03 Commissions ordered in militancy related incidents in state since 1996

Bilal Handoo


On Wednesday the autumn session of Assembly was adjourned sine die, but before that, details released by government in house informed that three enquiries/probes have been ordered by the general administration department (GAD) in militancy related incidents in state since August 1996.

The first probe was ordered in Pathribal incident, involving fudging of blood samples. This one man commission was headed by Justice GA Kuchhai. The second probe was ordered to enquire into the incidents of violence at Brakpora in district Islamabad on April 03, 2000. The probe is known as SR Pandian Commission. The third probe was ordered regarding the firing events at Haigam (Sopore) and Maisuma (Srinagar) on Feb 15 and 16, 2001 respectively. This one man commission is headed by Justice OP Sharma.

GA Kuchhai Commission

The commission submitted its report to the House Department which placed it before the cabinet for consideration. The government reply to the question of MLA Langate, Er Rashid revealed that the cabinet took note of the report and appointed a Sub Committee headed by deputy chief minister.

“The report of the Sub Committee was considered by the cabinet on July 23, 2003,” the government reply informed, “and accepted with the modification to replace the word ‘Vigilance Commissioner’ to ‘CBI’ to conduct further inquiry.”

The reply says the case is under examination with Home Department and CBI.

“The Home Department has intimated that the case is at final stage of legal scrutiny.”

SR Pandian Commission

The commission submitted its report to the Home Department and GAD, informed the government reply. The Home Department, as per the reply asked the DG Police to take necessary action against the police personnel indicated in the report, “and GAD also called explanations of the officers of civil administration which were replied by them mentioning that there was no negligence on the part.”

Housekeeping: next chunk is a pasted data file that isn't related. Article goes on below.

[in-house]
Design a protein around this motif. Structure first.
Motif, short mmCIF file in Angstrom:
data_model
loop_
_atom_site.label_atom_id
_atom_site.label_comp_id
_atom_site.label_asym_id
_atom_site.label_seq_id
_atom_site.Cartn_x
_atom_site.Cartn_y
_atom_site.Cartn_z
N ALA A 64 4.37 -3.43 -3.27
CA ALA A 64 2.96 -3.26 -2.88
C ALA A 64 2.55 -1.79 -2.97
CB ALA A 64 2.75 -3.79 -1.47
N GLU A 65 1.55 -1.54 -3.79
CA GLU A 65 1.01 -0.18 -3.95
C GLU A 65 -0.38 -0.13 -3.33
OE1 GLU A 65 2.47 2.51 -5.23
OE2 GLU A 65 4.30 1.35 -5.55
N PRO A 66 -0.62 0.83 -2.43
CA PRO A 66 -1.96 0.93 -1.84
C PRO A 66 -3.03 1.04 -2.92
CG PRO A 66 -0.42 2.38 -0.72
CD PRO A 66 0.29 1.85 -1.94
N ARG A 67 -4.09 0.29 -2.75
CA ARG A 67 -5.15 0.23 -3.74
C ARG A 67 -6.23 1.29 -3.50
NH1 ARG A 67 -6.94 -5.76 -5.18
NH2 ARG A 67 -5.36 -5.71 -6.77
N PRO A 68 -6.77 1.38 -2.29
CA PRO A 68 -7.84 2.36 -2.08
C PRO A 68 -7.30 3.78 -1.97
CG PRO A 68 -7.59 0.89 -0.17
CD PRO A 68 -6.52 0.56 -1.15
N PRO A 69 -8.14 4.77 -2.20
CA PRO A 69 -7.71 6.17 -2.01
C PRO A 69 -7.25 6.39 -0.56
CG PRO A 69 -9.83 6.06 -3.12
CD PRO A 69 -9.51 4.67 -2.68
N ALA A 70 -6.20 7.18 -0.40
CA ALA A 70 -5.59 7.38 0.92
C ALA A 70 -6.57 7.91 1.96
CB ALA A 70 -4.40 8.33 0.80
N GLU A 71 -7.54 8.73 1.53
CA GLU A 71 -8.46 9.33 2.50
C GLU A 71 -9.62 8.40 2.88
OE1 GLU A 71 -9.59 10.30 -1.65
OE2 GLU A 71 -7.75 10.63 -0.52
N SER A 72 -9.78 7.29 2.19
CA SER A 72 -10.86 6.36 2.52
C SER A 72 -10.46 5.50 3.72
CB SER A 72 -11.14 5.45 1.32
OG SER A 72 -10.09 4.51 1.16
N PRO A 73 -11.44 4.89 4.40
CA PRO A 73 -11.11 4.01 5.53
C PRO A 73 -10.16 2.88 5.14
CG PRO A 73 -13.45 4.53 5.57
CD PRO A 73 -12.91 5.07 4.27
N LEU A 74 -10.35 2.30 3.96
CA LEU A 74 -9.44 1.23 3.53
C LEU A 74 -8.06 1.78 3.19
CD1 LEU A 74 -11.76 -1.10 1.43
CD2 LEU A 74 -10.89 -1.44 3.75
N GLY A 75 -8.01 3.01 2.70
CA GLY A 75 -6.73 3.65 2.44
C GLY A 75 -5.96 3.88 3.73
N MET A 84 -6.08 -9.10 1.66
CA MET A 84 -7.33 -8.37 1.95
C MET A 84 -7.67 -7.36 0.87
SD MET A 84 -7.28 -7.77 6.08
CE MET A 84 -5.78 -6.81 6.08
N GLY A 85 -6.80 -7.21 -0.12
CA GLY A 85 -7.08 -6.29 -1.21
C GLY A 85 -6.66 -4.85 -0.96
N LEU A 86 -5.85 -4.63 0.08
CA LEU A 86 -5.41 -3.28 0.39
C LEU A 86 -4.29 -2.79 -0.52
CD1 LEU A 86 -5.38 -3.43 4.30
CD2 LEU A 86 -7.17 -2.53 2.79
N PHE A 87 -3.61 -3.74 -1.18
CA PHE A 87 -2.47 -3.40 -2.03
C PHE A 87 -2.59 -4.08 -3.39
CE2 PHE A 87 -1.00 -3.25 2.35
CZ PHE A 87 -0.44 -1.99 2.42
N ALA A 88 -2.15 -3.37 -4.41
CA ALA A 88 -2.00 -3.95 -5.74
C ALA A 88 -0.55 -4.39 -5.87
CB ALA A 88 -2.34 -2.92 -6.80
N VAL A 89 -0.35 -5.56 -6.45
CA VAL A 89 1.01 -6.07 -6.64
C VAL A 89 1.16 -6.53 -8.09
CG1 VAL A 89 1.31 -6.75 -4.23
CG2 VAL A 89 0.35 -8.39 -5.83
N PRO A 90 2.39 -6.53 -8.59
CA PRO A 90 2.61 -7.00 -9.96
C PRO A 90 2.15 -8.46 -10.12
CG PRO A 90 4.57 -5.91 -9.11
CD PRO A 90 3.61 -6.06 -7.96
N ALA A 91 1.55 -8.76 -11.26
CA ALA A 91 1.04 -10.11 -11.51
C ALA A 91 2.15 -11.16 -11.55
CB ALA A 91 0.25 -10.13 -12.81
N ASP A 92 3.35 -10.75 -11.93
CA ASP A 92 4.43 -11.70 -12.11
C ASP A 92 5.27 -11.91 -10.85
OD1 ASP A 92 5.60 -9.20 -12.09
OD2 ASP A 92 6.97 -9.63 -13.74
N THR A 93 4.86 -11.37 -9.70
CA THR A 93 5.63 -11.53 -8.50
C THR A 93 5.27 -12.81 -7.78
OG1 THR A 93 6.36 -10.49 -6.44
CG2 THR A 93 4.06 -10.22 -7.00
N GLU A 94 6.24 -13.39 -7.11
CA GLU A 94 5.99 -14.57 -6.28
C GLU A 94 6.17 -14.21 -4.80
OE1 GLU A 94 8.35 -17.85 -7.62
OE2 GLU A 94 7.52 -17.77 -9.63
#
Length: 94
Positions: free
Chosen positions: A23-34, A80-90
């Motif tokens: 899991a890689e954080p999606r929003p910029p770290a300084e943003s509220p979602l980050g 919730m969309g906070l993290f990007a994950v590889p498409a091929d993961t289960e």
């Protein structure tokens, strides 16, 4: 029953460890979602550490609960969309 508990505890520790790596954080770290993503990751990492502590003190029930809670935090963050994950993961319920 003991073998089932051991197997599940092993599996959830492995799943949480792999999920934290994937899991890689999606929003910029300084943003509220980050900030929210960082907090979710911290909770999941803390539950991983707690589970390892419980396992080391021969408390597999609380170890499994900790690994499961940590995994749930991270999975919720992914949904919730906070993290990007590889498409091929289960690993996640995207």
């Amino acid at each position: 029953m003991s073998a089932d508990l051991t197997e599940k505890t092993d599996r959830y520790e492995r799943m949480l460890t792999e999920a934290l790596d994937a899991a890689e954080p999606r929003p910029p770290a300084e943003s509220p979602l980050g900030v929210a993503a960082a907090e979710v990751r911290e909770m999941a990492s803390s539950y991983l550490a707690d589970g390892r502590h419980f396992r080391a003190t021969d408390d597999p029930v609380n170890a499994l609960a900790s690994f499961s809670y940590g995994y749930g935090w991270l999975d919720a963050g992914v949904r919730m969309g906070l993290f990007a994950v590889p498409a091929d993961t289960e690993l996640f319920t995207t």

Both Kuchhai as well as Pandian Commissions are revolved around interrelated events in south Kashmir in early 2000.


Bodies of slain men in Pathribal exhumed
Bodies of slain men in Pathribal exhumed

Five days after the events at Chattisinghpora, on 25 March 2000, government forces killed five men in Pathribal village of Islamabad district, claiming that the victims were the “foreign militants” responsible for the attacks.

Official reports claimed that government forces had, after a gun fight, blown up the hut where the men were hiding, and had retrieved five bodies that had been charred beyond recognition. The bodies were buried separately without any postmortem examination.

Days later, Inspector General of Police (Kashmir range) Dr A K Bhan claimed that his personnel led by Senior Superintendent of Police Farooq Khan, in a joint operation with the army, had shot dead the five militants responsible for the Sikh massacre.

According to Dr Bhan, the government forces had surrounded a hut in Panchthalan, near Pathribal, where the terrorists were hiding. The fierce encounter that ensued ended when the shelter, with all five inside, caught fire and was destroyed.

The special investigation team inquiring into the Pathribal incident approached the Centre for DNA Fingerprinting and Diagnostics, Hyderabad, and the Central Forensic Science Laboratory, Kolkata, with medical samples of the relatives to match with those of the slain men.